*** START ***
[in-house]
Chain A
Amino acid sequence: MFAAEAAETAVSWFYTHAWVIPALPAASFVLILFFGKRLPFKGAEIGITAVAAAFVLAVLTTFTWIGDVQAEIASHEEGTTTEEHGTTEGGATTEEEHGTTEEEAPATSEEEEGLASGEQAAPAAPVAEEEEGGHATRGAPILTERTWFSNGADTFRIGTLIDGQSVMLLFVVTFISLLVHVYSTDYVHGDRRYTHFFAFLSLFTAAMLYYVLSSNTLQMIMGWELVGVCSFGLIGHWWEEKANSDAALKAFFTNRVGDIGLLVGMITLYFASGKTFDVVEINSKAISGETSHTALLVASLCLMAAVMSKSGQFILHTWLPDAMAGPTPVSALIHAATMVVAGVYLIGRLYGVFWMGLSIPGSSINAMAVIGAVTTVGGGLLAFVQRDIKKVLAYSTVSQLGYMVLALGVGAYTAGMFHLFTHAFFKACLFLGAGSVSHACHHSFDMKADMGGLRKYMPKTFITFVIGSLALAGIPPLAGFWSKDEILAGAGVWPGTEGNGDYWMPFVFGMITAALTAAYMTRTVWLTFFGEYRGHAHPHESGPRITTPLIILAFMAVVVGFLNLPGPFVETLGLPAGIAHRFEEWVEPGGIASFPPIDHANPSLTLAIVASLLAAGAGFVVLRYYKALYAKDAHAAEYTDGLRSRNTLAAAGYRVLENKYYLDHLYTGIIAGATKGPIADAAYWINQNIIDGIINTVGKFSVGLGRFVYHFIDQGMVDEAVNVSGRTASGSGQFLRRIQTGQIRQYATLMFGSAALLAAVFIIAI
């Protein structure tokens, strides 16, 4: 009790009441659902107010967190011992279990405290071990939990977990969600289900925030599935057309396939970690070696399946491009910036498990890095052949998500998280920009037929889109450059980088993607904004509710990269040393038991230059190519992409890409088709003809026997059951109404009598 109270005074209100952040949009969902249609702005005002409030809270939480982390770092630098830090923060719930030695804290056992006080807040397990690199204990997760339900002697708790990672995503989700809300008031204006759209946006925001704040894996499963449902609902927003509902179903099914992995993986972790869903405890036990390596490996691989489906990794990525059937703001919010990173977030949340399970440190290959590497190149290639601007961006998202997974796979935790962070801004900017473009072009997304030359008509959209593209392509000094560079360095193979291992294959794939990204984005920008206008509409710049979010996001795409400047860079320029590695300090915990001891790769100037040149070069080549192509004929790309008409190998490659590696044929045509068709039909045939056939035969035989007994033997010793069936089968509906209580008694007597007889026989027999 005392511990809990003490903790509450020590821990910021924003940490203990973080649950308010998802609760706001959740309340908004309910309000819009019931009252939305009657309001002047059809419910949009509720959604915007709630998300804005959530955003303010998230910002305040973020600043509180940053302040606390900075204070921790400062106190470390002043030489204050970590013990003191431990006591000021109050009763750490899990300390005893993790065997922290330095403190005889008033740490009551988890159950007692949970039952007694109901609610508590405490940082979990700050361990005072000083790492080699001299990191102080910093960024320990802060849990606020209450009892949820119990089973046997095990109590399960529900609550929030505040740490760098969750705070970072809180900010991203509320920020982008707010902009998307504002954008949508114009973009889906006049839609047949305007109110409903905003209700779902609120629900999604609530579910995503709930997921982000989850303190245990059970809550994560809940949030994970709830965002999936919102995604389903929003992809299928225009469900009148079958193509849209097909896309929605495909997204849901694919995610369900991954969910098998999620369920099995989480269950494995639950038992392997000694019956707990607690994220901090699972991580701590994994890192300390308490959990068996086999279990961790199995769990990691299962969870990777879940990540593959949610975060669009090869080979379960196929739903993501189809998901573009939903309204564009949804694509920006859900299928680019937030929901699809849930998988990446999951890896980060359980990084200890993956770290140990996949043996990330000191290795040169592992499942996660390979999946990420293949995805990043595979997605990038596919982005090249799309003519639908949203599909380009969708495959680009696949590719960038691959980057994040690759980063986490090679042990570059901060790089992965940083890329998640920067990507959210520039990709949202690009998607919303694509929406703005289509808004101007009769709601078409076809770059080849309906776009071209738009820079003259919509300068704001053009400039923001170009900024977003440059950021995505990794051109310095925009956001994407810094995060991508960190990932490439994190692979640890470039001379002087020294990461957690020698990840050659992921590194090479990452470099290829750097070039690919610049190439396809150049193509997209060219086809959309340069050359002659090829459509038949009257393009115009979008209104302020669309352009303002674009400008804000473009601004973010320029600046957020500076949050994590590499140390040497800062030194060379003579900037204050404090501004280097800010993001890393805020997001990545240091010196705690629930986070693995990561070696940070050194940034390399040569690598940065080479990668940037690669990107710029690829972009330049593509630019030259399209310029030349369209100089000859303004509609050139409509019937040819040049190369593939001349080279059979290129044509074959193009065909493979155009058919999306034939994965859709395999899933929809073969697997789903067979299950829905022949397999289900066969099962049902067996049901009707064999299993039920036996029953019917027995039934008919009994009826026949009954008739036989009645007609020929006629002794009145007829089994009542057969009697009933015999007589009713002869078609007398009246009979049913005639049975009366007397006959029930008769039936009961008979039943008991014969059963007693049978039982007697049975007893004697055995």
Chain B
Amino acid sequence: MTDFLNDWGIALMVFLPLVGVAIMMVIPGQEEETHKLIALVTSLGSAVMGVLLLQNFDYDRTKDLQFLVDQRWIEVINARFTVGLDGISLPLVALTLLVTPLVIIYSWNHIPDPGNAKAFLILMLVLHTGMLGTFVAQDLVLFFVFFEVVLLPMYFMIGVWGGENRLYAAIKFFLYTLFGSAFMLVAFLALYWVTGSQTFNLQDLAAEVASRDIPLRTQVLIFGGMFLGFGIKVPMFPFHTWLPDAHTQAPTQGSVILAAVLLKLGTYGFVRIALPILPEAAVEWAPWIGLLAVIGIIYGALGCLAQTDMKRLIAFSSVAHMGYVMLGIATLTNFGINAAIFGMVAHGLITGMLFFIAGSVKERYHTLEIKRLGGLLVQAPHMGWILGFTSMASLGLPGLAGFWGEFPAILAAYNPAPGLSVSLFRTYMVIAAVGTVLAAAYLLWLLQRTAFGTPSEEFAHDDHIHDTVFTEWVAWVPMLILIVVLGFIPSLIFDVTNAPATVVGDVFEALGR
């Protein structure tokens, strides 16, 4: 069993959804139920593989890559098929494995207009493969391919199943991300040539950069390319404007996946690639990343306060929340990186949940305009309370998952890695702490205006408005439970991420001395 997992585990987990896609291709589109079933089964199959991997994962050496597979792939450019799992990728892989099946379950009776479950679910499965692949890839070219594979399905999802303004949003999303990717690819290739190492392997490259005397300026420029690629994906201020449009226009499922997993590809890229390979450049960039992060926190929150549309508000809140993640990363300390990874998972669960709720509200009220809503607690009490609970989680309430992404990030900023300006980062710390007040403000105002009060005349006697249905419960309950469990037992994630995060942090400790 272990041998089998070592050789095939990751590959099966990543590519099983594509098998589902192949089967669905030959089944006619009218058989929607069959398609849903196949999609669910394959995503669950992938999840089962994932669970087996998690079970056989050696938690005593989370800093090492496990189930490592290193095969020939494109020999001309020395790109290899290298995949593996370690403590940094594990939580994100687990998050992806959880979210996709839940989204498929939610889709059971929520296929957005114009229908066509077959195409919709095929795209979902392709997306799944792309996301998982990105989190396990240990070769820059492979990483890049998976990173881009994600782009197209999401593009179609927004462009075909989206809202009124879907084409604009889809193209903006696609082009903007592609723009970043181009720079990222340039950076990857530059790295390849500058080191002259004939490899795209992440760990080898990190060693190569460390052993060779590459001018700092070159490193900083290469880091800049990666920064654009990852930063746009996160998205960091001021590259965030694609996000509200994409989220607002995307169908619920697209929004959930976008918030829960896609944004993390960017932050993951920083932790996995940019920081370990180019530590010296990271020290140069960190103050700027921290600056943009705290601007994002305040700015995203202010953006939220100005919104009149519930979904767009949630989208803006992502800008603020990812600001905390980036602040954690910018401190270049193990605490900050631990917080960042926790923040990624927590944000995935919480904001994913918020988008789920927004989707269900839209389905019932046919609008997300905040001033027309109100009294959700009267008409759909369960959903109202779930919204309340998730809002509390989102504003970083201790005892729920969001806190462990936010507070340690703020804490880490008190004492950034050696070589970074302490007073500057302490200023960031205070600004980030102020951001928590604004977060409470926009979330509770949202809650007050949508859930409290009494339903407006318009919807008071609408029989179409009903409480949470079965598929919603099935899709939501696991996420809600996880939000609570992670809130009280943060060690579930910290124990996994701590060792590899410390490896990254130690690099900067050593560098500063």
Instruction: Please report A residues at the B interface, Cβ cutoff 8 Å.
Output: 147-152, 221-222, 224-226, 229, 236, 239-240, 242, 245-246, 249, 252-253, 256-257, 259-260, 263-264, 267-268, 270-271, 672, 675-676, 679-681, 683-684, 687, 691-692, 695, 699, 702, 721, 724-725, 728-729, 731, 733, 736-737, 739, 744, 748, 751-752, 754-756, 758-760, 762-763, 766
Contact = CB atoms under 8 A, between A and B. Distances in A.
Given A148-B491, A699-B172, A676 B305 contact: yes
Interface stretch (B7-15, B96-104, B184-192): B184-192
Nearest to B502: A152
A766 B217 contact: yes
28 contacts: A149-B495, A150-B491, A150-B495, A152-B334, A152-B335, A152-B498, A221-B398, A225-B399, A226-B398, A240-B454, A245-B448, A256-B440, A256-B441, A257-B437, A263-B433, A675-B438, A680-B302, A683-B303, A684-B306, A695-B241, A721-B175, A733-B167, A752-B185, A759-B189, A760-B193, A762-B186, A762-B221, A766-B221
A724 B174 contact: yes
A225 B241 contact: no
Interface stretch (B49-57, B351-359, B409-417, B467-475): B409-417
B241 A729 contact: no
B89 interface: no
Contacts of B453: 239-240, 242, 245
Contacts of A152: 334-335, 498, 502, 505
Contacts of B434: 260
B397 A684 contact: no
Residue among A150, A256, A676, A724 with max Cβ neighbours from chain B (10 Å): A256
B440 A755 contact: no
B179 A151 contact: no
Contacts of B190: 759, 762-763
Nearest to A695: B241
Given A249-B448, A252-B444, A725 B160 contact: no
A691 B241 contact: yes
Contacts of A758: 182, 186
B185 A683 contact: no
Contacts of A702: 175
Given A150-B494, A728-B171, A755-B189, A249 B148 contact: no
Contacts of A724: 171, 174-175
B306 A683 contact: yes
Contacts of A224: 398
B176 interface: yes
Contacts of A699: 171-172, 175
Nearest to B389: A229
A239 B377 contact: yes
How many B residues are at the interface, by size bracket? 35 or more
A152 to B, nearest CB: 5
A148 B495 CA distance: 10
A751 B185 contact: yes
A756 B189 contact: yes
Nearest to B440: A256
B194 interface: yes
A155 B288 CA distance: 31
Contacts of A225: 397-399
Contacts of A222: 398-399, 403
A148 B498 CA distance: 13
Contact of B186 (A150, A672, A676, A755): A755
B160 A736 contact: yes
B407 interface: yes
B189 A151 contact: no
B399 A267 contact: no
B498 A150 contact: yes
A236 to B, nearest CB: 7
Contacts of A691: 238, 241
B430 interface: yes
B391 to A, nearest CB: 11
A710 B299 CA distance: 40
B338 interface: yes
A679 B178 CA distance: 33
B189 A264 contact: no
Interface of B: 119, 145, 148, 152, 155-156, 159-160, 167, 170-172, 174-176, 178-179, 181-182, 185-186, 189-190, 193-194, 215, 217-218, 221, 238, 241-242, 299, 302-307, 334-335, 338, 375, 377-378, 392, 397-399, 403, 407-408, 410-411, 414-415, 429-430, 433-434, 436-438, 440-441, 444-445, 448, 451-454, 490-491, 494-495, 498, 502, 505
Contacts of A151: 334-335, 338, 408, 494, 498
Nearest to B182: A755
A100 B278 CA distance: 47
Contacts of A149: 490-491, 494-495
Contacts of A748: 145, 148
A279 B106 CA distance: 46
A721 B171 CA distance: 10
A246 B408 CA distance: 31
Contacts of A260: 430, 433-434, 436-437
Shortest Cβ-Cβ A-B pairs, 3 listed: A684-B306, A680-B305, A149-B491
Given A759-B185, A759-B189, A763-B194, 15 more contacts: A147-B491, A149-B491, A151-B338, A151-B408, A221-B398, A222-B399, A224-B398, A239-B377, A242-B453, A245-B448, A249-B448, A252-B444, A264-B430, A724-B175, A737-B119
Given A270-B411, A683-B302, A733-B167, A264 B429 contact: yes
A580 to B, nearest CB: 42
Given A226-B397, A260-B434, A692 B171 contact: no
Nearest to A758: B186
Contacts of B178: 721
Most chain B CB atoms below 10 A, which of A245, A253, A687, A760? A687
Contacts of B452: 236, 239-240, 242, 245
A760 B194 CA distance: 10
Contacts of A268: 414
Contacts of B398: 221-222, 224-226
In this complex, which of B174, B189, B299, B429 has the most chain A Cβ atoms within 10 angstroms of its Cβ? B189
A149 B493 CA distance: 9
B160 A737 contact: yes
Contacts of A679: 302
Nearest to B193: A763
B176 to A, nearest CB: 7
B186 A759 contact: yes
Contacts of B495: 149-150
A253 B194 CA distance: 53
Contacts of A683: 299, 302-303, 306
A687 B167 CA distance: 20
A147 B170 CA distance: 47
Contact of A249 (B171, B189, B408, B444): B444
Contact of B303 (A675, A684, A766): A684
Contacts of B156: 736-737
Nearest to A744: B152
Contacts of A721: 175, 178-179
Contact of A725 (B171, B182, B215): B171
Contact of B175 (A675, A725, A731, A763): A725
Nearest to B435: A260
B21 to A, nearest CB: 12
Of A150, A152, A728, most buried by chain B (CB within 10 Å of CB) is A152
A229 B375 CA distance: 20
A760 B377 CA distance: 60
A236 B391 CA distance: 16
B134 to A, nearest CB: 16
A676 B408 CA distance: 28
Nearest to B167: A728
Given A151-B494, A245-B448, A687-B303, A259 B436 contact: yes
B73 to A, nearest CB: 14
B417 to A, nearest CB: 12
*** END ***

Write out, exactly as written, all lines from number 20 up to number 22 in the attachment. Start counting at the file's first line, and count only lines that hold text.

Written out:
B89 interface: no
Contacts of B453: 239-240, 242, 245
Contacts of A152: 334-335, 498, 502, 505